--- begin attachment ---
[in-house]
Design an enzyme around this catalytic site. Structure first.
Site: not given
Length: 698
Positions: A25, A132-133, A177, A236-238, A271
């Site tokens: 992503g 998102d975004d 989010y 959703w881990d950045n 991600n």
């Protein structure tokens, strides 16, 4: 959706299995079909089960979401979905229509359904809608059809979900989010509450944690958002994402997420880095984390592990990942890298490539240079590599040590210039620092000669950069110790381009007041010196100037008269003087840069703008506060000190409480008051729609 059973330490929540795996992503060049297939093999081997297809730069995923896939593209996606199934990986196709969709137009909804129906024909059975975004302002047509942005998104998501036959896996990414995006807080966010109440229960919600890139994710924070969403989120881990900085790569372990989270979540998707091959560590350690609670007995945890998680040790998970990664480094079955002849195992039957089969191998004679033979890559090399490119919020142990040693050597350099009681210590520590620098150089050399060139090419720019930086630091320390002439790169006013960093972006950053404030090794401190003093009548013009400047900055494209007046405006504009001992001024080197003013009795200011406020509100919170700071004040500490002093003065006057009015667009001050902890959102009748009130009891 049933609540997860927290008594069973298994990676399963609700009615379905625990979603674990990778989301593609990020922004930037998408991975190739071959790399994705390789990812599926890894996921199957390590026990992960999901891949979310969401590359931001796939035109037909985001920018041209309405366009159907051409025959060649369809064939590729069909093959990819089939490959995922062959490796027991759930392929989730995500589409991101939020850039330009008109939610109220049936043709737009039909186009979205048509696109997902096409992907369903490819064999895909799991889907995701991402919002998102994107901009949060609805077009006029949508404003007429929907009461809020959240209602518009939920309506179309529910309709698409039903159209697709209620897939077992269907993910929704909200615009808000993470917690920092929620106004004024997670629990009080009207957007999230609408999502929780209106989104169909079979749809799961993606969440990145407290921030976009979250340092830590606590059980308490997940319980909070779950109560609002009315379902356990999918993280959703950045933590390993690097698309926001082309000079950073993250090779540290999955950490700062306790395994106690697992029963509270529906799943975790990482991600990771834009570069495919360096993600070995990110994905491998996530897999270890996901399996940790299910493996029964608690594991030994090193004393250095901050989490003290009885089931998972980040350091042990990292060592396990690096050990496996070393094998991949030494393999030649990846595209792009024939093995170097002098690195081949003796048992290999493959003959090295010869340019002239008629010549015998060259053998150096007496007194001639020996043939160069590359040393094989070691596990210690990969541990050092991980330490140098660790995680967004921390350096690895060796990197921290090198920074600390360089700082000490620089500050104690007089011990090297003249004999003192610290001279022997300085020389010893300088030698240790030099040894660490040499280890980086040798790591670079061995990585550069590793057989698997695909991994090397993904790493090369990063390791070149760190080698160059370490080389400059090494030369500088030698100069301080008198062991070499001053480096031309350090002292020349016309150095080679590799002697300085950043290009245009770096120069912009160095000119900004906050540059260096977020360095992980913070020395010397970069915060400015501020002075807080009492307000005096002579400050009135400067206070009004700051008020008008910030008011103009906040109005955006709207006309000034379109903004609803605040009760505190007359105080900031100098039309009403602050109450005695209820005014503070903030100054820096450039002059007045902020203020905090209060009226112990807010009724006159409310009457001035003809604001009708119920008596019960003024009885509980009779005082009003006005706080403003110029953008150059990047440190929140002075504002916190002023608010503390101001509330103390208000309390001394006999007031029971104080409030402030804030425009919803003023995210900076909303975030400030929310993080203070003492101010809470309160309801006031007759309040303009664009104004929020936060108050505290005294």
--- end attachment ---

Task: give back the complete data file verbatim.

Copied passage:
[in-house]
Design an enzyme around this catalytic site. Structure first.
Site: not given
Length: 698
Positions: A25, A132-133, A177, A236-238, A271
């Site tokens: 992503g 998102d975004d 989010y 959703w881990d950045n 991600n």
């Protein structure tokens, strides 16, 4: 959706299995079909089960979401979905229509359904809608059809979900989010509450944690958002994402997420880095984390592990990942890298490539240079590599040590210039620092000669950069110790381009007041010196100037008269003087840069703008506060000190409480008051729609 059973330490929540795996992503060049297939093999081997297809730069995923896939593209996606199934990986196709969709137009909804129906024909059975975004302002047509942005998104998501036959896996990414995006807080966010109440229960919600890139994710924070969403989120881990900085790569372990989270979540998707091959560590350690609670007995945890998680040790998970990664480094079955002849195992039957089969191998004679033979890559090399490119919020142990040693050597350099009681210590520590620098150089050399060139090419720019930086630091320390002439790169006013960093972006950053404030090794401190003093009548013009400047900055494209007046405006504009001992001024080197003013009795200011406020509100919170700071004040500490002093003065006057009015667009001050902890959102009748009130009891 049933609540997860927290008594069973298994990676399963609700009615379905625990979603674990990778989301593609990020922004930037998408991975190739071959790399994705390789990812599926890894996921199957390590026990992960999901891949979310969401590359931001796939035109037909985001920018041209309405366009159907051409025959060649369809064939590729069909093959990819089939490959995922062959490796027991759930392929989730995500589409991101939020850039330009008109939610109220049936043709737009039909186009979205048509696109997902096409992907369903490819064999895909799991889907995701991402919002998102994107901009949060609805077009006029949508404003007429929907009461809020959240209602518009939920309506179309529910309709698409039903159209697709209620897939077992269907993910929704909200615009808000993470917690920092929620106004004024997670629990009080009207957007999230609408999502929780209106989104169909079979749809799961993606969440990145407290921030976009979250340092830590606590059980308490997940319980909070779950109560609002009315379902356990999918993280959703950045933590390993690097698309926001082309000079950073993250090779540290999955950490700062306790395994106690697992029963509270529906799943975790990482991600990771834009570069495919360096993600070995990110994905491998996530897999270890996901399996940790299910493996029964608690594991030994090193004393250095901050989490003290009885089931998972980040350091042990990292060592396990690096050990496996070393094998991949030494393999030649990846595209792009024939093995170097002098690195081949003796048992290999493959003959090295010869340019002239008629010549015998060259053998150096007496007194001639020996043939160069590359040393094989070691596990210690990969541990050092991980330490140098660790995680967004921390350096690895060796990197921290090198920074600390360089700082000490620089500050104690007089011990090297003249004999003192610290001279022997300085020389010893300088030698240790030099040894660490040499280890980086040798790591670079061995990585550069590793057989698997695909991994090397993904790493090369990063390791070149760190080698160059370490080389400059090494030369500088030698100069301080008198062991070499001053480096031309350090002292020349016309150095080679590799002697300085950043290009245009770096120069912009160095000119900004906050540059260096977020360095992980913070020395010397970069915060400015501020002075807080009492307000005096002579400050009135400067206070009004700051008020008008910030008011103009906040109005955006709207006309000034379109903004609803605040009760505190007359105080900031100098039309009403602050109450005695209820005014503070903030100054820096450039002059007045902020203020905090209060009226112990807010009724006159409310009457001035003809604001009708119920008596019960003024009885509980009779005082009003006005706080403003110029953008150059990047440190929140002075504002916190002023608010503390101001509330103390208000309390001394006999007031029971104080409030402030804030425009919803003023995210900076909303975030400030929310993080203070003492101010809470309160309801006031007759309040303009664009104004929020936060108050505290005294």